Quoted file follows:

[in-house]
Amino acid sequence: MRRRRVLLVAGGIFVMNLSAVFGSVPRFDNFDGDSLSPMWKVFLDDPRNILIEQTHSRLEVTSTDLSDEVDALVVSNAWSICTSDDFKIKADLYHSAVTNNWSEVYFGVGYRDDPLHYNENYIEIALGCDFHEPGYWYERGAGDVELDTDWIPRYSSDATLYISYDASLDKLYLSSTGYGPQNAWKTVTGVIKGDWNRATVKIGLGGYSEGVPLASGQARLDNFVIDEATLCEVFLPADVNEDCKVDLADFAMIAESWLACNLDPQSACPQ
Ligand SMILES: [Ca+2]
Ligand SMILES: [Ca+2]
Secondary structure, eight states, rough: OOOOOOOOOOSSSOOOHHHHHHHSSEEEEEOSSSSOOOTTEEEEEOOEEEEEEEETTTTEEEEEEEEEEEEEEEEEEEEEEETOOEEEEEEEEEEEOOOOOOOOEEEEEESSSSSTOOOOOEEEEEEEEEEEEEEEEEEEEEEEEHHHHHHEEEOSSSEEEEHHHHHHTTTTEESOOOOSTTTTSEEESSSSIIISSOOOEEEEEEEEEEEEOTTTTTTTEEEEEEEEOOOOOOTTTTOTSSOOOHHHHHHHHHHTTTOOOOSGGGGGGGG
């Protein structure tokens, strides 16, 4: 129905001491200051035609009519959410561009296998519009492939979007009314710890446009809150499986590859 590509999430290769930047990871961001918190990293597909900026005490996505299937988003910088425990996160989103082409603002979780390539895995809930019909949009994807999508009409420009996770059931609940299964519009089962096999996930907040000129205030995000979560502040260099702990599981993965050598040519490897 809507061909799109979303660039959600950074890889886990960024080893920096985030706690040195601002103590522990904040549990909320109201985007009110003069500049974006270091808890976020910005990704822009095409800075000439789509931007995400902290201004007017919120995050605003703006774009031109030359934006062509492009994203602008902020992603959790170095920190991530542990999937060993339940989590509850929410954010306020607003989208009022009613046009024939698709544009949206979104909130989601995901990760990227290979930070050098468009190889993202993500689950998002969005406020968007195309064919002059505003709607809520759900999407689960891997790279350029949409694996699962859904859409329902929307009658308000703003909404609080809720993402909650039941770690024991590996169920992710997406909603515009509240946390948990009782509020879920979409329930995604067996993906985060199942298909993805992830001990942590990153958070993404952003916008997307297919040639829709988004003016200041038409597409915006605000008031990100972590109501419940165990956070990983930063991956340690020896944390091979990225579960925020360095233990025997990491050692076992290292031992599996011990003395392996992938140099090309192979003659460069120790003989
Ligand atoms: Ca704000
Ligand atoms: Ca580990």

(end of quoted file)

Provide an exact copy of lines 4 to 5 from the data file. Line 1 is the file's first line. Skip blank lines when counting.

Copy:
Ligand SMILES: [Ca+2]
Secondary structure, eight states, rough: OOOOOOOOOOSSSOOOHHHHHHHSSEEEEEOSSSSOOOTTEEEEEOOEEEEEEEETTTTEEEEEEEEEEEEEEEEEEEEEEETOOEEEEEEEEEEEOOOOOOOOEEEEEESSSSSTOOOOOEEEEEEEEEEEEEEEEEEEEEEEEHHHHHHEEEOSSSEEEEHHHHHHTTTTEESOOOOSTTTTSEEESSSSIIISSOOOEEEEEEEEEEEEOTTTTTTTEEEEEEEEOOOOOOTTTTOTSSOOOHHHHHHHHHHTTTOOOOSGGGGGGGG